Qt is a cross-platform application framework that is widely used for developing application software that can be run on various software and hardware platforms with little or no change in the underlying codebase, while still being a native application with the capabilities and speed thereof. Qt is currently being developed both by the Qt Company, a subsidiary of Digia, and the Qt Project under open-source governance, involving individual developers and firms working to advance Qt. Digia owns the Qt trademark and copyright. Qt is available with both commercial and open source GPL v3, LGPLv3 and LGPLv2 licenses.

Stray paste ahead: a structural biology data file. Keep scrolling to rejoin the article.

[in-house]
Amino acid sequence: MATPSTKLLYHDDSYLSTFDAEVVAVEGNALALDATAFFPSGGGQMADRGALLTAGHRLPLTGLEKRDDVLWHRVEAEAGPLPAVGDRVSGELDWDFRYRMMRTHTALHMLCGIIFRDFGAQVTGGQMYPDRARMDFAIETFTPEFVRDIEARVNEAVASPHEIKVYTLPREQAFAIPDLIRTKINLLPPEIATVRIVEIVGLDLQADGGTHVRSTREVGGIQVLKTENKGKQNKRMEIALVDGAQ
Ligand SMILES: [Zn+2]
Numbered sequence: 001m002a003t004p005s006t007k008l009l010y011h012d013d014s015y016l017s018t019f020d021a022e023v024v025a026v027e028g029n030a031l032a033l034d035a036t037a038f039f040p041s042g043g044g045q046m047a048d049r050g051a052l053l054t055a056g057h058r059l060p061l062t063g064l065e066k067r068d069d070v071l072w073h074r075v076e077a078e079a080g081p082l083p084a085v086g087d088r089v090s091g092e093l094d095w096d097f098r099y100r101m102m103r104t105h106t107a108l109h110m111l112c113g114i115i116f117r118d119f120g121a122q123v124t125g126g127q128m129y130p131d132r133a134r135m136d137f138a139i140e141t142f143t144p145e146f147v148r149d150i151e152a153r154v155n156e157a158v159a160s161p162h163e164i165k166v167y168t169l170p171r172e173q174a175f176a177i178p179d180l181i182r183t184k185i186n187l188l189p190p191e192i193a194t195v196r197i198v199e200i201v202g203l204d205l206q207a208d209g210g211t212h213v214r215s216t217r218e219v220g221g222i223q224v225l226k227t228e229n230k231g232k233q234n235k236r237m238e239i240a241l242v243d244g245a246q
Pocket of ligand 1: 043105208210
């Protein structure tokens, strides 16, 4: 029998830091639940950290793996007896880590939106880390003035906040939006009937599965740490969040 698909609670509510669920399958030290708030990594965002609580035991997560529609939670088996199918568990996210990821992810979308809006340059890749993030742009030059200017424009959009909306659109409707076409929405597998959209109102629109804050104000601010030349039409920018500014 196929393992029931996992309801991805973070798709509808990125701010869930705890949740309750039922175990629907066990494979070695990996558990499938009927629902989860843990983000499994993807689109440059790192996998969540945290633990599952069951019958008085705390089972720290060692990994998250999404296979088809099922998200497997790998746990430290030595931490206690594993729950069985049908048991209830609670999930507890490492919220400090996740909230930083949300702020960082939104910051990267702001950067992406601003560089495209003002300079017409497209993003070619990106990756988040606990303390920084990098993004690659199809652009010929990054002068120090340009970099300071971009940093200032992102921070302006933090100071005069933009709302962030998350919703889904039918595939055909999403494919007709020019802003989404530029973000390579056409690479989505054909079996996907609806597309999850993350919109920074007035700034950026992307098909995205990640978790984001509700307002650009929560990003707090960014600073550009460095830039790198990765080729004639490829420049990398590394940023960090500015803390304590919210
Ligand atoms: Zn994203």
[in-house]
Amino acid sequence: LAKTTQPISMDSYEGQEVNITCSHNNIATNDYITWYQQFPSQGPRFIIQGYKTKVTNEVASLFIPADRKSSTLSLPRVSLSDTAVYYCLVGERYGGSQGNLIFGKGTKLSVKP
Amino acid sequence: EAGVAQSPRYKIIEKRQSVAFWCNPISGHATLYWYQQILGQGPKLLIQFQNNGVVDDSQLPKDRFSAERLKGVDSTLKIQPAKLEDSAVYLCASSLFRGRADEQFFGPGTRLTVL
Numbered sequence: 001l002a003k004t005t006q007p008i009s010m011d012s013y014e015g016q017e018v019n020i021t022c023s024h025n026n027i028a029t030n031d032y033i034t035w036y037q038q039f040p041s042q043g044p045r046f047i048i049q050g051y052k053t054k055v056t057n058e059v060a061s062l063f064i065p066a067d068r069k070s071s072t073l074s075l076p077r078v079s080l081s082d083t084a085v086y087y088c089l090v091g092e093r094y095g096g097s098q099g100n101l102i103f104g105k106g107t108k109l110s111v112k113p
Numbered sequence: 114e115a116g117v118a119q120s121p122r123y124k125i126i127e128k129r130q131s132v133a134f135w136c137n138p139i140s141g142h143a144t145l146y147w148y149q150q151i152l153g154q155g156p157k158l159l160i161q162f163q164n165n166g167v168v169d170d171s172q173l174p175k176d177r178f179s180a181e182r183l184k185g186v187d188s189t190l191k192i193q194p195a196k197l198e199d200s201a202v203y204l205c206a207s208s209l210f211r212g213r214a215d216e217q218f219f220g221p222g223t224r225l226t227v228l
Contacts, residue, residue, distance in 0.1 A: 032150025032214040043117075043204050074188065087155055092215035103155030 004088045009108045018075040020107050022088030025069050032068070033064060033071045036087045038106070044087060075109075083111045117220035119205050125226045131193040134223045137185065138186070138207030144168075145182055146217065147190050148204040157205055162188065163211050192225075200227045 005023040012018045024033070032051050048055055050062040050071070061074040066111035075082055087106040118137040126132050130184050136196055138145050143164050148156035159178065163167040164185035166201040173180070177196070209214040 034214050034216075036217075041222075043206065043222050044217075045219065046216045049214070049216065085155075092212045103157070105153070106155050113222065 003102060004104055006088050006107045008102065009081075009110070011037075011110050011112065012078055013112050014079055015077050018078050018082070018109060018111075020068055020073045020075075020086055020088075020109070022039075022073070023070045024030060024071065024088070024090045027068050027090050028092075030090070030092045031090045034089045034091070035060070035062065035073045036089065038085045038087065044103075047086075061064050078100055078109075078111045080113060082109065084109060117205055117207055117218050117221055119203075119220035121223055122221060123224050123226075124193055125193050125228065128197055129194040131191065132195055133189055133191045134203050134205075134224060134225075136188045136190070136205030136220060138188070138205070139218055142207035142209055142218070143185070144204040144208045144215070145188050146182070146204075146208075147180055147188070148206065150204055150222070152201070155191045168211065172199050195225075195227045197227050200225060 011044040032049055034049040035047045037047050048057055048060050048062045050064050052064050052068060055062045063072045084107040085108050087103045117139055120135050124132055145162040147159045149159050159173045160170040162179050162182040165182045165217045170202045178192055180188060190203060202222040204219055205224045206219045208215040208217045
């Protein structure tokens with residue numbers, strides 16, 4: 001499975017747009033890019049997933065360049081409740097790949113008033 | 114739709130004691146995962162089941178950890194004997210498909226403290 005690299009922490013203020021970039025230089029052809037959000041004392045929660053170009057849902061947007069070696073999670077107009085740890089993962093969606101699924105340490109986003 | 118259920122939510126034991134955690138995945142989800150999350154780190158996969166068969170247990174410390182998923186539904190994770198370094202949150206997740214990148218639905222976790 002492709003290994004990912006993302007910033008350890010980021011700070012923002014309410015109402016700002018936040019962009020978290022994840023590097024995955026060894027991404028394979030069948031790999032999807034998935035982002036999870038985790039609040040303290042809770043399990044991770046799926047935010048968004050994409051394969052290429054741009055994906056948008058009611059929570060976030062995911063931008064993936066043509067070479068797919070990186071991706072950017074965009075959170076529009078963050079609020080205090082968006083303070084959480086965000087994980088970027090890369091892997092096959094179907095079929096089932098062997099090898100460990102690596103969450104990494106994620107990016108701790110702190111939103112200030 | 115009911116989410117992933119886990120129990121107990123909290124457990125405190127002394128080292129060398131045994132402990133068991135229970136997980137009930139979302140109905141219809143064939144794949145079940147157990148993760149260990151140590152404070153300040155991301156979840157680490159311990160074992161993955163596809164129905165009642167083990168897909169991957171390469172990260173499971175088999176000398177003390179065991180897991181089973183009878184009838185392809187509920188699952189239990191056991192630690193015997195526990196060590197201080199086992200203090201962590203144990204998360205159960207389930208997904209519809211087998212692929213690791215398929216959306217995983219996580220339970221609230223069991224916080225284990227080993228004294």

Qt uses standard C++ with extensions including signals and slots that simplifies handling of events, and this helps in development of both GUI and server applications which receive their own set of event information and should process them accordingly. Qt supports many compilers, including the GCC C++ compiler and the Visual Studio suite. Qt also provides Qt Quick, that includes a declarative scripting language called QML that allows using JavaScript to provide the logic. With Qt Quick, rapid application development for mobile devices became possible, although logic can be written with native code as well to achieve the best possible performance. Qt can be used in several otherprogramming languages via language bindings. It runs on the major desktop platforms and some of the mobile platforms. It has extensive internationalization support. Non-GUI features include SQL database access, XML parsing, JSON parsing, thread management and network support. MorphOS & AROS edition is under construction.


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